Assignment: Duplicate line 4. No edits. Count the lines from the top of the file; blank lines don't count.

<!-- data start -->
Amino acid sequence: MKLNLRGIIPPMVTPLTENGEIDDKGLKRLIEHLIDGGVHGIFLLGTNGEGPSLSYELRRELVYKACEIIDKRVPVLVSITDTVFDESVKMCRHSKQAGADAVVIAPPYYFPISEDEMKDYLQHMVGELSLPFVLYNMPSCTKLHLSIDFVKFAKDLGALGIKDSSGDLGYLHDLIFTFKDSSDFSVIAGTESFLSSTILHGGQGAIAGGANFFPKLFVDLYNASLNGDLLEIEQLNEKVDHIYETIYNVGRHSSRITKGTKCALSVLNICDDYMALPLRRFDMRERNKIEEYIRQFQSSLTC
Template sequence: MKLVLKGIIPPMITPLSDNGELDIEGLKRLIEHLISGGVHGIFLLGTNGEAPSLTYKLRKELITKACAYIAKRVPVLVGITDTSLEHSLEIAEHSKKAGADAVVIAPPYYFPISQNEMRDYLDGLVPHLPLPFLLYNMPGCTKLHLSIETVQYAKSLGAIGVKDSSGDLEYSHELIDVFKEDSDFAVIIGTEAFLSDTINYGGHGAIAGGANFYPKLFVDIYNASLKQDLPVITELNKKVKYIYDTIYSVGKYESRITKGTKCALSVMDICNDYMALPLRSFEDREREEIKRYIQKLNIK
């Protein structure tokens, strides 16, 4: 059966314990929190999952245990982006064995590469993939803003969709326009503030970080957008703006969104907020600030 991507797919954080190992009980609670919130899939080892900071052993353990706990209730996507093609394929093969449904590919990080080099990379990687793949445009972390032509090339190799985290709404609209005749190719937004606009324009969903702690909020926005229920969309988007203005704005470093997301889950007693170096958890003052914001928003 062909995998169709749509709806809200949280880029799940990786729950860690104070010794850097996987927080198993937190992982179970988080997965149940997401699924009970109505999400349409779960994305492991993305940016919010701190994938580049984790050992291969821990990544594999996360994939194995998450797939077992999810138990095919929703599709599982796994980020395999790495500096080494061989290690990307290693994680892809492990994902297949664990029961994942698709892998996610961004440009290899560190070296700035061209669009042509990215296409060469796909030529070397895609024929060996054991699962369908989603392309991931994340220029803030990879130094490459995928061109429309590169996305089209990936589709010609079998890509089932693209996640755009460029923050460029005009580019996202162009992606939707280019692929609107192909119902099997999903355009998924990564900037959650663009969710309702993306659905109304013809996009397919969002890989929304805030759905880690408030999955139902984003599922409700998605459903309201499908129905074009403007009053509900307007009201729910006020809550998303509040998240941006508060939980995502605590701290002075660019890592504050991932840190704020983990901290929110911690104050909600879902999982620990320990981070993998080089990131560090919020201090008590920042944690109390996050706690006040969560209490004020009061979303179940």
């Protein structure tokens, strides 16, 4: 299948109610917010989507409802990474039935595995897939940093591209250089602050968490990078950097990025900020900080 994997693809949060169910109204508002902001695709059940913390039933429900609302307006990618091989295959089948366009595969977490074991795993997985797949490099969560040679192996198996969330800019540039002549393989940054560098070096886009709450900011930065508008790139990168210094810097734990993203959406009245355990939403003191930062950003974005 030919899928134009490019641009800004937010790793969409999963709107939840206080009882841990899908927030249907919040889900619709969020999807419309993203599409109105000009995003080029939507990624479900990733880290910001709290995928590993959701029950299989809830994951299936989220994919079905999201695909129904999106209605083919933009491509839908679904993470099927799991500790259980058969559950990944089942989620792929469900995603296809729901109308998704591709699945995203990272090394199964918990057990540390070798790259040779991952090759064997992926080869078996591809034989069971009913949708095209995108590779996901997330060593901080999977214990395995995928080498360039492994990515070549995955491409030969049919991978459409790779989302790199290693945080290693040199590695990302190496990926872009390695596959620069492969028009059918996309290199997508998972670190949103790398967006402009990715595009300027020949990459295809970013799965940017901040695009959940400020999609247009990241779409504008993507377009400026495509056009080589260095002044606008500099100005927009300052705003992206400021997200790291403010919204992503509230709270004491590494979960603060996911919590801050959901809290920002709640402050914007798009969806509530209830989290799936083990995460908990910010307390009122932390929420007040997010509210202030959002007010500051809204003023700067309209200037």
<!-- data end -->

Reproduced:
């Protein structure tokens, strides 16, 4: 299948109610917010989507409802990474039935595995897939940093591209250089602050968490990078950097990025900020900080 994997693809949060169910109204508002902001695709059940913390039933429900609302307006990618091989295959089948366009595969977490074991795993997985797949490099969560040679192996198996969330800019540039002549393989940054560098070096886009709450900011930065508008790139990168210094810097734990993203959406009245355990939403003191930062950003974005 030919899928134009490019641009800004937010790793969409999963709107939840206080009882841990899908927030249907919040889900619709969020999807419309993203599409109105000009995003080029939507990624479900990733880290910001709290995928590993959701029950299989809830994951299936989220994919079905999201695909129904999106209605083919933009491509839908679904993470099927799991500790259980058969559950990944089942989620792929469900995603296809729901109308998704591709699945995203990272090394199964918990057990540390070798790259040779991952090759064997992926080869078996591809034989069971009913949708095209995108590779996901997330060593901080999977214990395995995928080498360039492994990515070549995955491409030969049919991978459409790779989302790199290693945080290693040199590695990302190496990926872009390695596959620069492969028009059918996309290199997508998972670190949103790398967006402009990715595009300027020949990459295809970013799965940017901040695009959940400020999609247009990241779409504008993507377009400026495509056009080589260095002044606008500099100005927009300052705003992206400021997200790291403010919204992503509230709270004491590494979960603060996911919590801050959901809290920002709640402050914007798009969806509530209830989290799936083990995460908990910010307390009122932390929420007040997010509210202030959002007010500051809204003023700067309209200037």